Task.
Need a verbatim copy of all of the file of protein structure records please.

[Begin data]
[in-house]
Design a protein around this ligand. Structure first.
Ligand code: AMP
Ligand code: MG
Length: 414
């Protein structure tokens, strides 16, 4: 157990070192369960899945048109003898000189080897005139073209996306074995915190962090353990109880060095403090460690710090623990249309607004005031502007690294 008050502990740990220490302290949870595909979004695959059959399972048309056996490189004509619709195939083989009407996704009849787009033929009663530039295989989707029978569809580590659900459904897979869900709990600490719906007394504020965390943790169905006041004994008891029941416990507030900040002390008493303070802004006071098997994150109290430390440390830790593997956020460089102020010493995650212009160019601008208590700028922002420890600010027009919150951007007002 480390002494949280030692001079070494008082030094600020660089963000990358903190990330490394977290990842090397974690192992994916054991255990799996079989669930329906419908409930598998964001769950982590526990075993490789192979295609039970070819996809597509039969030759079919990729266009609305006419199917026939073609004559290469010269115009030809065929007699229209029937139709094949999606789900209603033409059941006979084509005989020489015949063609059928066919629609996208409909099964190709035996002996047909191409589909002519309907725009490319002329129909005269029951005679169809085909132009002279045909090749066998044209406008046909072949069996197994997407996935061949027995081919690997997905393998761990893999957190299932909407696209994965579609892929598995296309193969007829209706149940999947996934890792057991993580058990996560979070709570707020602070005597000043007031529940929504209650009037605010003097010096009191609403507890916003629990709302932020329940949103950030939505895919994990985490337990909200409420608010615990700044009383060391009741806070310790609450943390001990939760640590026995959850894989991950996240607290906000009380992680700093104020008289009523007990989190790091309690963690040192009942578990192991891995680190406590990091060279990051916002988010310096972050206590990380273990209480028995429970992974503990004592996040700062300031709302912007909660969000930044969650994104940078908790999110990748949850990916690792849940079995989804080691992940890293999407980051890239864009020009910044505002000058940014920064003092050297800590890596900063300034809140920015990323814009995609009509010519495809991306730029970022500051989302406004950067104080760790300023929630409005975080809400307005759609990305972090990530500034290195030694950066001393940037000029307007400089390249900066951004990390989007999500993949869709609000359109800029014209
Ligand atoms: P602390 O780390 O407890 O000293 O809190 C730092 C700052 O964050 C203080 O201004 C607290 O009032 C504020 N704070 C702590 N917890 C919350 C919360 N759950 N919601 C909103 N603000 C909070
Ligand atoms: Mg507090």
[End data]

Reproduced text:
[in-house]
Design a protein around this ligand. Structure first.
Ligand code: AMP
Ligand code: MG
Length: 414
């Protein structure tokens, strides 16, 4: 157990070192369960899945048109003898000189080897005139073209996306074995915190962090353990109880060095403090460690710090623990249309607004005031502007690294 008050502990740990220490302290949870595909979004695959059959399972048309056996490189004509619709195939083989009407996704009849787009033929009663530039295989989707029978569809580590659900459904897979869900709990600490719906007394504020965390943790169905006041004994008891029941416990507030900040002390008493303070802004006071098997994150109290430390440390830790593997956020460089102020010493995650212009160019601008208590700028922002420890600010027009919150951007007002 480390002494949280030692001079070494008082030094600020660089963000990358903190990330490394977290990842090397974690192992994916054991255990799996079989669930329906419908409930598998964001769950982590526990075993490789192979295609039970070819996809597509039969030759079919990729266009609305006419199917026939073609004559290469010269115009030809065929007699229209029937139709094949999606789900209603033409059941006979084509005989020489015949063609059928066919629609996208409909099964190709035996002996047909191409589909002519309907725009490319002329129909005269029951005679169809085909132009002279045909090749066998044209406008046909072949069996197994997407996935061949027995081919690997997905393998761990893999957190299932909407696209994965579609892929598995296309193969007829209706149940999947996934890792057991993580058990996560979070709570707020602070005597000043007031529940929504209650009037605010003097010096009191609403507890916003629990709302932020329940949103950030939505895919994990985490337990909200409420608010615990700044009383060391009741806070310790609450943390001990939760640590026995959850894989991950996240607290906000009380992680700093104020008289009523007990989190790091309690963690040192009942578990192991891995680190406590990091060279990051916002988010310096972050206590990380273990209480028995429970992974503990004592996040700062300031709302912007909660969000930044969650994104940078908790999110990748949850990916690792849940079995989804080691992940890293999407980051890239864009020009910044505002000058940014920064003092050297800590890596900063300034809140920015990323814009995609009509010519495809991306730029970022500051989302406004950067104080760790300023929630409005975080809400307005759609990305972090990530500034290195030694950066001393940037000029307007400089390249900066951004990390989007999500993949869709609000359109800029014209
Ligand atoms: P602390 O780390 O407890 O000293 O809190 C730092 C700052 O964050 C203080 O201004 C607290 O009032 C504020 N704070 C702590 N917890 C919350 C919360 N759950 N919601 C909103 N603000 C909070
Ligand atoms: Mg507090």